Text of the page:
Rankin describes 2015 as “tumultuous” year in politics

Rankin looking ahead to the new year where he intends to hold the new Liberal government responsible for promises made in election.

After what NDP MP Murray Rankin describes as a “tumultuous” year in politics, he’s looking ahead to the new year where he intends to hold the new Liberal government responsible for the promises made during the federal election.

Following the longest election period in modern history and comfortable lead over Green Party candidate Jo-Ann Roberts, Rankin was re-elected with more votes than any other NDP candidate in Canada.

He won the battle, but lost the war.

Despite being re-elected among six NDP candidates on Vancouver Island, the party lost their position as the official opposition.

“I must confess, I was disappointed at the national results. I hoped we would have formed government, but I’m happy to say that this is a new parliament and we’re working very constructively with the new government and I’m very confident we’ll do our best to hold them to account to keep the promises that they made,” Rankin told the Victoria News, adding he’s still thrilled the Harper government was defeated.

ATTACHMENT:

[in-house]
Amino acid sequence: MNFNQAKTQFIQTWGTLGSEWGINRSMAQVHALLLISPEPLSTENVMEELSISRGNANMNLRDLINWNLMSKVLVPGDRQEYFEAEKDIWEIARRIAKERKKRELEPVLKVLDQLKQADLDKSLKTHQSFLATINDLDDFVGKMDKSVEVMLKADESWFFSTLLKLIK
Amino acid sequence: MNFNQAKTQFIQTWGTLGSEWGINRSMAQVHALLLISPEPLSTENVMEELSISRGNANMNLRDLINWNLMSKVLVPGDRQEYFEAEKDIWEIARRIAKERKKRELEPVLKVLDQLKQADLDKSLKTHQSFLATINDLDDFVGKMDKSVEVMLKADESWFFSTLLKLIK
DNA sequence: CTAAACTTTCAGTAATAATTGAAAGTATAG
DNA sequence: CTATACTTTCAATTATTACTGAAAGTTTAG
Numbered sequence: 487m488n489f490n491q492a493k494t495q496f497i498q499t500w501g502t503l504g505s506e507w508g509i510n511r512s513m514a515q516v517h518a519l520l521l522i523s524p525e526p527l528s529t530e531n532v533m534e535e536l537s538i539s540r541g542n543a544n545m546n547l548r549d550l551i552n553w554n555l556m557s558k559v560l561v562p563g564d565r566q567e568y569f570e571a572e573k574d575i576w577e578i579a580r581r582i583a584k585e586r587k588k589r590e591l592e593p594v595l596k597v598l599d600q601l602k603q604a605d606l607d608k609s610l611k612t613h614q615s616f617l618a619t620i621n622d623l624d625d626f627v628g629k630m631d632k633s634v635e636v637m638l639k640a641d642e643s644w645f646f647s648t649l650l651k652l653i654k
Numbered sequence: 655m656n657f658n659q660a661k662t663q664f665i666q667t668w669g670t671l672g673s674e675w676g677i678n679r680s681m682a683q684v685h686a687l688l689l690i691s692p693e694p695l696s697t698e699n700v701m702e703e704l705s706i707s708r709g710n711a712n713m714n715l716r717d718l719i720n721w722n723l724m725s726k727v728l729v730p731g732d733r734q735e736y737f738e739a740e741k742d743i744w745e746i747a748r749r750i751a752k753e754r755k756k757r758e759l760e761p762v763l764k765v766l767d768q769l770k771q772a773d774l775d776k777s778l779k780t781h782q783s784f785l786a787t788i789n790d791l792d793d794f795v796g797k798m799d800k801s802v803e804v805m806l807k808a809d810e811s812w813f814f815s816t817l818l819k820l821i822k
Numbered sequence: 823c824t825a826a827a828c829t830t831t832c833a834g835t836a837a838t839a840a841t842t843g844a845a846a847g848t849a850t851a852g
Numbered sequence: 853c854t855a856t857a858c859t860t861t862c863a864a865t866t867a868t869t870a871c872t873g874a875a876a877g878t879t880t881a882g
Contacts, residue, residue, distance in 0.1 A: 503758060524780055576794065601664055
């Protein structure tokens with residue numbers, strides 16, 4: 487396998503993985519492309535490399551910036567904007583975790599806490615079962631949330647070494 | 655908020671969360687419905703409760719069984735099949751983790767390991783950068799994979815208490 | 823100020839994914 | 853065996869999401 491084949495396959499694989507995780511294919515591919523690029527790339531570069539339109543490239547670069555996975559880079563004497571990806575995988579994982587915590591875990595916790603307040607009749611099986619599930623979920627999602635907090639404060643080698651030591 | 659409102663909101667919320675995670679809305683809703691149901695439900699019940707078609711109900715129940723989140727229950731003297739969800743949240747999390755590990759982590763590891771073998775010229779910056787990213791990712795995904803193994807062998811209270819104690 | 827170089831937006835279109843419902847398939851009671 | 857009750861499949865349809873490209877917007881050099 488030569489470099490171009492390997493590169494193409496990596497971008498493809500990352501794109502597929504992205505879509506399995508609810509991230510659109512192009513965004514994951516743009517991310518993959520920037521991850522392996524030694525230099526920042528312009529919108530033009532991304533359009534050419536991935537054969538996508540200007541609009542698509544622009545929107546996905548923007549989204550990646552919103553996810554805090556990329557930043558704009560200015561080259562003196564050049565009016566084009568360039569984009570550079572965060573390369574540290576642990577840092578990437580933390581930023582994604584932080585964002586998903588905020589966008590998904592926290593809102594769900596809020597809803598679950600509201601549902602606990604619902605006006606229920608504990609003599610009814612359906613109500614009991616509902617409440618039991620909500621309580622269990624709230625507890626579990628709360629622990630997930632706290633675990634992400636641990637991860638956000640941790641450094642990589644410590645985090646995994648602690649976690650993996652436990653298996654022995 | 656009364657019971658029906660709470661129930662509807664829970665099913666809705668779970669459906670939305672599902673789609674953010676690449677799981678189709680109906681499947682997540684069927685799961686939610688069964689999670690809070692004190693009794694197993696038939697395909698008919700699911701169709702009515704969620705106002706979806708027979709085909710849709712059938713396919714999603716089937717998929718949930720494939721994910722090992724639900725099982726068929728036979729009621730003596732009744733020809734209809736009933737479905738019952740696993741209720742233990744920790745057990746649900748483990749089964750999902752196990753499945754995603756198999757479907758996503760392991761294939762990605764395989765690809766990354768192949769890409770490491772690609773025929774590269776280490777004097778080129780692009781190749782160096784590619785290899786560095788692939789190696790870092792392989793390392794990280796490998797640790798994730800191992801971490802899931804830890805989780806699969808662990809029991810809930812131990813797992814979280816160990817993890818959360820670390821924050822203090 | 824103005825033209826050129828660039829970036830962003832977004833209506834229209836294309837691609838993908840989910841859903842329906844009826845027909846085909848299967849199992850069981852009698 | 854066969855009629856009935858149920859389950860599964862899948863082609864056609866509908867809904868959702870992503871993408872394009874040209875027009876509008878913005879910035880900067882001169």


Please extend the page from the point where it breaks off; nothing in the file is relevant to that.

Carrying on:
Locally, Rankin highlighted how proud he was of Victorians for stepping up in the wake of the Syrian refugee crisis to help sponsor families.

Heading into the new year, Rankin has a number of issues he hopes to focus on both in his riding and in Ottawa.

In Victoria, he said he will prioritize homelessness and affordable housing assistance, the completion of the Belleville Terminal and ensuring federal funding is available for the completion of the Capital Regional District’s sewage treatment plant.

“I live in hope that the new government will help us achieve what everyone in Victoria knows needs to be done and that is a federal government rolling up their sleeves, coming to the table as a true partner and getting on with the need that is so obvious in our community,” Rankin said.

Federally, as the justice critic, he will make sure at least part of Bill C51 is repealed. He is also on a committee meant to find out what the federal government should do regarding physician assisted deaths, possibility of reform to safe injection sites, along with a number of other amendments to criminal laws.

 

 

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